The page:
Anela Choy

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Anela Choy
AwardsL'Oréal-UNESCO For Women in Science Awards
Scientific career

Anela Choy is an American biological oceanographer, currently Assistant Professor at Scripps Institution of Oceanography, University of California San Diego.[1] She is most noted for her discovery that the stomachs of deep sea fish (living at an average depth of 1000 ft) contain bottle caps, trash bags, and microplastics.[2][3][4] In 2018 she won the L’Oréal-UNESCO for Women in Science Award for her work, which focuses on how human activity, such as fishing and plastic pollution, shapes deep ocean food webs.[5] She also led a team that designed a remote-operated device that was released in Monterey Bay to track pollution of microplastics. A native Hawaiian[6], she is a member of the Society for Advancement of Chicanos/Hispanics and Native Americans in Science (SACNAS)[7] and vocal advocate for women in science.[8]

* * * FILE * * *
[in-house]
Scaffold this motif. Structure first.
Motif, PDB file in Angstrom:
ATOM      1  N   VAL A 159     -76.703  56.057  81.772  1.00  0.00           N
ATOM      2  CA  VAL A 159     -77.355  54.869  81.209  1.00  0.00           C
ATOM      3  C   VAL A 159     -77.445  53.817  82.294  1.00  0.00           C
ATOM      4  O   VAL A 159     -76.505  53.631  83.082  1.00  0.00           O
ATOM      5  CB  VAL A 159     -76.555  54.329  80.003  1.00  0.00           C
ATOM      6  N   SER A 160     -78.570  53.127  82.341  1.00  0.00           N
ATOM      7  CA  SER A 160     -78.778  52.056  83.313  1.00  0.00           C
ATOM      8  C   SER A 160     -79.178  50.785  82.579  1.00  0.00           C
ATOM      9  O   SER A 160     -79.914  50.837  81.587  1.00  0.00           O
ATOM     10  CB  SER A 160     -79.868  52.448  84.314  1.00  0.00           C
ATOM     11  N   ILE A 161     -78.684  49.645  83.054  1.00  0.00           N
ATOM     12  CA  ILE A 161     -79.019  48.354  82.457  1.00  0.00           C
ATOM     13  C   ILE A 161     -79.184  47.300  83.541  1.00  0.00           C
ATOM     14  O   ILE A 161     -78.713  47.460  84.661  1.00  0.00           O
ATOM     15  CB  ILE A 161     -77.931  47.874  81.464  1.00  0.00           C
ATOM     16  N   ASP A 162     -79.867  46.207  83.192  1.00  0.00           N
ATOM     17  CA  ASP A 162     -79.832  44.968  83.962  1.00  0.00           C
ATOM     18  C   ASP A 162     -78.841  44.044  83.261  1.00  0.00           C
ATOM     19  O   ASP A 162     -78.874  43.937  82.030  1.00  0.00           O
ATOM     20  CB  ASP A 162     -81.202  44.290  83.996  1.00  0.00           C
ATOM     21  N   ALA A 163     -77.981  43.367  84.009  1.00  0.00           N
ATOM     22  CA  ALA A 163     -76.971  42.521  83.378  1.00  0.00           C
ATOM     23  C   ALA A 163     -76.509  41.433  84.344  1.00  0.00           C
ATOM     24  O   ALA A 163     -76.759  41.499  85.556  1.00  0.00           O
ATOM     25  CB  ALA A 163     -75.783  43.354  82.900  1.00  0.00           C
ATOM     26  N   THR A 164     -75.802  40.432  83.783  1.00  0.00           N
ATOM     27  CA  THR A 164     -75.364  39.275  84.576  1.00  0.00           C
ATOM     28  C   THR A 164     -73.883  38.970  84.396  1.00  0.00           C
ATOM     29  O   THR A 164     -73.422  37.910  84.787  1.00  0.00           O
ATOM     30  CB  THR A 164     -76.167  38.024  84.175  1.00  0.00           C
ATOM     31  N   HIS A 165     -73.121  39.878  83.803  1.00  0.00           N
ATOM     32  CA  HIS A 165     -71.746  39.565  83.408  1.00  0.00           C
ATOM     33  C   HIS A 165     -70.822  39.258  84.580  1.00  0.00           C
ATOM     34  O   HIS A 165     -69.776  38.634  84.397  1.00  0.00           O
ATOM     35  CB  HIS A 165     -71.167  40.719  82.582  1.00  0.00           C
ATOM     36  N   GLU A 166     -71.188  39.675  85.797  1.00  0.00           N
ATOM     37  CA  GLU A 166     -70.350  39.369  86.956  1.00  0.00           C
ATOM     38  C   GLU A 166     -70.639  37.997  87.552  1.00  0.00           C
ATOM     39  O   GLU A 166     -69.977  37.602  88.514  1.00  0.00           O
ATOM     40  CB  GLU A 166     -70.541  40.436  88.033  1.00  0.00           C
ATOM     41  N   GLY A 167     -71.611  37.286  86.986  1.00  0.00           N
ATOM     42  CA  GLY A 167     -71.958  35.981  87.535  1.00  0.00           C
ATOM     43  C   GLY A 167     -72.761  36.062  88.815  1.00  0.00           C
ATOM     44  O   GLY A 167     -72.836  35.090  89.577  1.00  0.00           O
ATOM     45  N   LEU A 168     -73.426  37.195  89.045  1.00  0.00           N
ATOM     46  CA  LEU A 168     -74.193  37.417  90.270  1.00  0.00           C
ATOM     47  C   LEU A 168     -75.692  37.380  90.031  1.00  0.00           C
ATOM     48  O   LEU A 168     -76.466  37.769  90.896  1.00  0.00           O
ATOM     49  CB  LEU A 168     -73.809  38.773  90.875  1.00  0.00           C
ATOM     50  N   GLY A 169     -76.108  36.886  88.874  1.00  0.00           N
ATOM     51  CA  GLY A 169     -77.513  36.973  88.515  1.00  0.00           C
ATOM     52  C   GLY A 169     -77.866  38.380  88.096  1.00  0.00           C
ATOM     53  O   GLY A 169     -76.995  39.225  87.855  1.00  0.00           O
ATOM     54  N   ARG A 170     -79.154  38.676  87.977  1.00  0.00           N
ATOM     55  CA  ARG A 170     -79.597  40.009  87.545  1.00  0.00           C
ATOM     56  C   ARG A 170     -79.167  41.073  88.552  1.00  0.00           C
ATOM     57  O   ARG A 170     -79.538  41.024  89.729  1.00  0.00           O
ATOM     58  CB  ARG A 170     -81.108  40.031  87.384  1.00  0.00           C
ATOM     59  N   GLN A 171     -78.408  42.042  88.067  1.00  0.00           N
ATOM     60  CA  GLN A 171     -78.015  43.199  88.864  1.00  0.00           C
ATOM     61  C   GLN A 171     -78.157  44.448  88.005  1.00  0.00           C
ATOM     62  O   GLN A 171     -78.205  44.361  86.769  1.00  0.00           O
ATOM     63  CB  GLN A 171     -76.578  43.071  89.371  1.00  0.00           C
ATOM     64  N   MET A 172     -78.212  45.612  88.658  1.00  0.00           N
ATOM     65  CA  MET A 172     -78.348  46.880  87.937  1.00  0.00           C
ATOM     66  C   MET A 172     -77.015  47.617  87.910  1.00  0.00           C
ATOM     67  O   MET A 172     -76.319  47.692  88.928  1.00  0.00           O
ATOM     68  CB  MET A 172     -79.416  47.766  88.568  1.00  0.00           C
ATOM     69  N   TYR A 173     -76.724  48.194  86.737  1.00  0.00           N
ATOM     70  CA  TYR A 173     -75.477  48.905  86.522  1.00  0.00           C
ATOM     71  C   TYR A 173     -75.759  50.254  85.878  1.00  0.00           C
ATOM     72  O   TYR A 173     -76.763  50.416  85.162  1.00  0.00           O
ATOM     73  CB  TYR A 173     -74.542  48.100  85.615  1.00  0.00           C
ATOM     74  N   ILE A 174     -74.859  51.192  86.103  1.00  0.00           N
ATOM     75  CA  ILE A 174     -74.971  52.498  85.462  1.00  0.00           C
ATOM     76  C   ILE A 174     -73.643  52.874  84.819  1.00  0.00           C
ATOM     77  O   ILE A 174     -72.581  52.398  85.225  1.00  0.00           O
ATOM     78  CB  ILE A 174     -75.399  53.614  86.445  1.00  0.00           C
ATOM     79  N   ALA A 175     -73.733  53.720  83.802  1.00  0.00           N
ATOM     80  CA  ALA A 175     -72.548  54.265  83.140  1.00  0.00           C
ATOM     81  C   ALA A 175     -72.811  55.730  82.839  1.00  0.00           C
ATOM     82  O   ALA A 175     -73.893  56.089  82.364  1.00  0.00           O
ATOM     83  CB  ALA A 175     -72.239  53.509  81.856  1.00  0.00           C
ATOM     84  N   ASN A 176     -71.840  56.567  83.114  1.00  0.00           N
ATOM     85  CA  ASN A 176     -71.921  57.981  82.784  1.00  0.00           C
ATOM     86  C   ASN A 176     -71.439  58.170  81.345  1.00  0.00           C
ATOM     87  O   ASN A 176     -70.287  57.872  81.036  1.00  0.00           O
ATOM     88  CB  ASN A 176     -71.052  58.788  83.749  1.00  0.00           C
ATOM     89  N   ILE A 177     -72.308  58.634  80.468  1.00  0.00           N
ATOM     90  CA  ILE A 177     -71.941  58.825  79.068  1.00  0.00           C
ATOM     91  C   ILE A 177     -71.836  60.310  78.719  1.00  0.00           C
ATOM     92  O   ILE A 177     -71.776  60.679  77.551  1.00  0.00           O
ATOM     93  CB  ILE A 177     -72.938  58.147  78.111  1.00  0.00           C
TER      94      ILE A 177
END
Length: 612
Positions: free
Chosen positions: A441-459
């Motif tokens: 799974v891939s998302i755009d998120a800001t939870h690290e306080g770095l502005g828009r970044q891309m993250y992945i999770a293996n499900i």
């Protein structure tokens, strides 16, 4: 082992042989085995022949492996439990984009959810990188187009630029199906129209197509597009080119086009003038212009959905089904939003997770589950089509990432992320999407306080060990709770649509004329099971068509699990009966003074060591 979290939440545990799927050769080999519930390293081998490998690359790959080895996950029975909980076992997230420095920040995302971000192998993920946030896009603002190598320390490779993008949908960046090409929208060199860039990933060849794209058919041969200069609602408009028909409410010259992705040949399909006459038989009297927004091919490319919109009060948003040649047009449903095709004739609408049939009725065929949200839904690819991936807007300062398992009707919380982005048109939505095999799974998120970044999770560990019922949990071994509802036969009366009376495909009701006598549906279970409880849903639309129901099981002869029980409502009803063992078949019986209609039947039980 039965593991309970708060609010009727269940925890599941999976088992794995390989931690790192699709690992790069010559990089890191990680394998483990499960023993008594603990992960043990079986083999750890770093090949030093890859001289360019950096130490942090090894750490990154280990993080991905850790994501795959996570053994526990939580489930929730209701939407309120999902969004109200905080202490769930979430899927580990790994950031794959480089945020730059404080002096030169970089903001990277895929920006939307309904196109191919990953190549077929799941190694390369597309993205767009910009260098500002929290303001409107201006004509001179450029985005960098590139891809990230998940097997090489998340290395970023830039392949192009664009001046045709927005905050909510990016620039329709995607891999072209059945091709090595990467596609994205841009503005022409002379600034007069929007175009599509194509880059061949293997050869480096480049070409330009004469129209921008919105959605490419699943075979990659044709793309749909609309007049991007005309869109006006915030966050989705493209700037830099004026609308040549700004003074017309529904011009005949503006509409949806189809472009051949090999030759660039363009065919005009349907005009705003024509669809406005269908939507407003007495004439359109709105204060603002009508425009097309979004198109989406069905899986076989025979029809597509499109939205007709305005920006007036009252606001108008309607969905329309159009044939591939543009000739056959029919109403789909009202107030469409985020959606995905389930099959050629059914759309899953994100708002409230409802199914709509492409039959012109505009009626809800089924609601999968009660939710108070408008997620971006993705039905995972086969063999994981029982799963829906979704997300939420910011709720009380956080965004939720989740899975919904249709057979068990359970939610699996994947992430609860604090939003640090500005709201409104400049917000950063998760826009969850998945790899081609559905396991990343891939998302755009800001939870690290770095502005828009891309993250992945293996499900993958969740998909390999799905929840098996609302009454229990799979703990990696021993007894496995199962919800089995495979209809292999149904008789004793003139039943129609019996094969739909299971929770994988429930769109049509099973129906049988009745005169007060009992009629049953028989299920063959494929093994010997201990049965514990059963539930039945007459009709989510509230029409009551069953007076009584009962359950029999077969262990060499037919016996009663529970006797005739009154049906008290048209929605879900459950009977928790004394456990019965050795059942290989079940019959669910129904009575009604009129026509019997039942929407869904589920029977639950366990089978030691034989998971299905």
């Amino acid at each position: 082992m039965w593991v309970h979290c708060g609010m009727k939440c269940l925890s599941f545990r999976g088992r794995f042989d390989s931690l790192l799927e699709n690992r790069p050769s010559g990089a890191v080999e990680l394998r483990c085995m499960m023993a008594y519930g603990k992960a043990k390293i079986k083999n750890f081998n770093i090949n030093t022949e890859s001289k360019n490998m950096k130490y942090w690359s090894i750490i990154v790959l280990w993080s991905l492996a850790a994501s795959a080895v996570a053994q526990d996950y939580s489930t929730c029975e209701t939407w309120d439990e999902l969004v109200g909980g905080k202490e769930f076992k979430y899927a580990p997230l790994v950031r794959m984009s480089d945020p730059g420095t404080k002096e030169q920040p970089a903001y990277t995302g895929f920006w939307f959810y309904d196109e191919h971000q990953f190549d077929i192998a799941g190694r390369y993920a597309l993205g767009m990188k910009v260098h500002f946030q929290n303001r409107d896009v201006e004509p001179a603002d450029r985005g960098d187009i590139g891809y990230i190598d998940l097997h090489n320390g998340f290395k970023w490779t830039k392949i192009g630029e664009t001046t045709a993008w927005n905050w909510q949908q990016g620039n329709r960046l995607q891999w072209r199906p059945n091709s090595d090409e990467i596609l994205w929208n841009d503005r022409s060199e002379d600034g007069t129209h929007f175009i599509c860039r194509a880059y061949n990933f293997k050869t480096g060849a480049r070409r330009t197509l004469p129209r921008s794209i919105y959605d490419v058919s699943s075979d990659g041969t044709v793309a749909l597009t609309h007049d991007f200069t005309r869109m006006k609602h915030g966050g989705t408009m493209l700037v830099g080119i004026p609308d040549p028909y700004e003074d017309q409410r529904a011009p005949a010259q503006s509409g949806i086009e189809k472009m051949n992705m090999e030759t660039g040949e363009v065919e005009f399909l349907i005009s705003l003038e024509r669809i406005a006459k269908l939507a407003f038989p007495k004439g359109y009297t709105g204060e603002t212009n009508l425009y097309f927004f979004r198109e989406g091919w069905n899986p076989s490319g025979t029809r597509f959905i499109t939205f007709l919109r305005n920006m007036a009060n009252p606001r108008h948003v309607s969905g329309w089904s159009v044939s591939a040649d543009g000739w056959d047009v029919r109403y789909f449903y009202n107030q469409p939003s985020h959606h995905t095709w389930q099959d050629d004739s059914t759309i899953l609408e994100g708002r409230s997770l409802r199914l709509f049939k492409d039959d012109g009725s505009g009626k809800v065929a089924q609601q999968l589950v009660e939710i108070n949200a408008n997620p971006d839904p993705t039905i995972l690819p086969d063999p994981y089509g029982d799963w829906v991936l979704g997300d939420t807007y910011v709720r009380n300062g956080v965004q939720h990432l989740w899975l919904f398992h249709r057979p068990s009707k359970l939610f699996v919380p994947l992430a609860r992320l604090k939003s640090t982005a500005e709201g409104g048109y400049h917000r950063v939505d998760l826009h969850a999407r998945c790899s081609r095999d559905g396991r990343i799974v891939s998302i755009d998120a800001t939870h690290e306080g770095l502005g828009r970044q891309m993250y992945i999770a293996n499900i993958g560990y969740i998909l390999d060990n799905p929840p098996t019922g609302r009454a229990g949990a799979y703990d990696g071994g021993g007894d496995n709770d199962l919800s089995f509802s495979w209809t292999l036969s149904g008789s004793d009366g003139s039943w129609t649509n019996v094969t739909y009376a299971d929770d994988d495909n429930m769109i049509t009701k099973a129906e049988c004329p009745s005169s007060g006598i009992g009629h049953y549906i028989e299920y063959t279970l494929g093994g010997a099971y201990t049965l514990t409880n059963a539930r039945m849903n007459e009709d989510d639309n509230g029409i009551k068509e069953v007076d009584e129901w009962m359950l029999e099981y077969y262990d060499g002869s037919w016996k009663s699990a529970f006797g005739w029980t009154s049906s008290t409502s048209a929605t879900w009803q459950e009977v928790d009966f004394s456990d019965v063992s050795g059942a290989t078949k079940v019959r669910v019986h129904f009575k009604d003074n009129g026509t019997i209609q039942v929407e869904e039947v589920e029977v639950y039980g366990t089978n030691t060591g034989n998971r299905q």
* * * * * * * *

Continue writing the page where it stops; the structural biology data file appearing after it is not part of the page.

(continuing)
1. ^ "CHOY, Anela". Scripps Institution of Oceanography. 2018-08-15. Retrieved 2019-10-08.
  2. ^ Gammon, Katharine (2019-06-06). "'Pieces of human society': deep ocean may be riddled with microplastics". The Guardian. ISSN 0261-3077. Retrieved 2019-10-08.
  3. ^ "Monterey Bay Is a Natural Wonder—Poisoned With Microplastic". Wired. ISSN 1059-1028. Retrieved 2019-10-08.
  4. ^ Zhang, Sarah (2019-06-06). "We Were Missing Most of the Plastic in the Ocean". The Atlantic. Retrieved 2019-10-08.
  5. ^ "L'Oréal and UNESCO Honor U.S.-Based Researcher for Scientific Achievements - L'Oréal USA". Retrieved 2019-10-08.
  6. ^ "WSL PURE: Anela Choy Spotlight". World Surf League. Retrieved 2019-10-08.
  7. ^ "ICYMI: Lifetime Member Dr. Anela Choy's Research on Microplastic Ocean Pollution Featured Across News Outlets – SACNAS". Retrieved 2019-10-08.
  8. ^ "Anela Choy shares her story | United Nations Educational, Scientific and Cultural Organization". Retrieved 2019-10-08.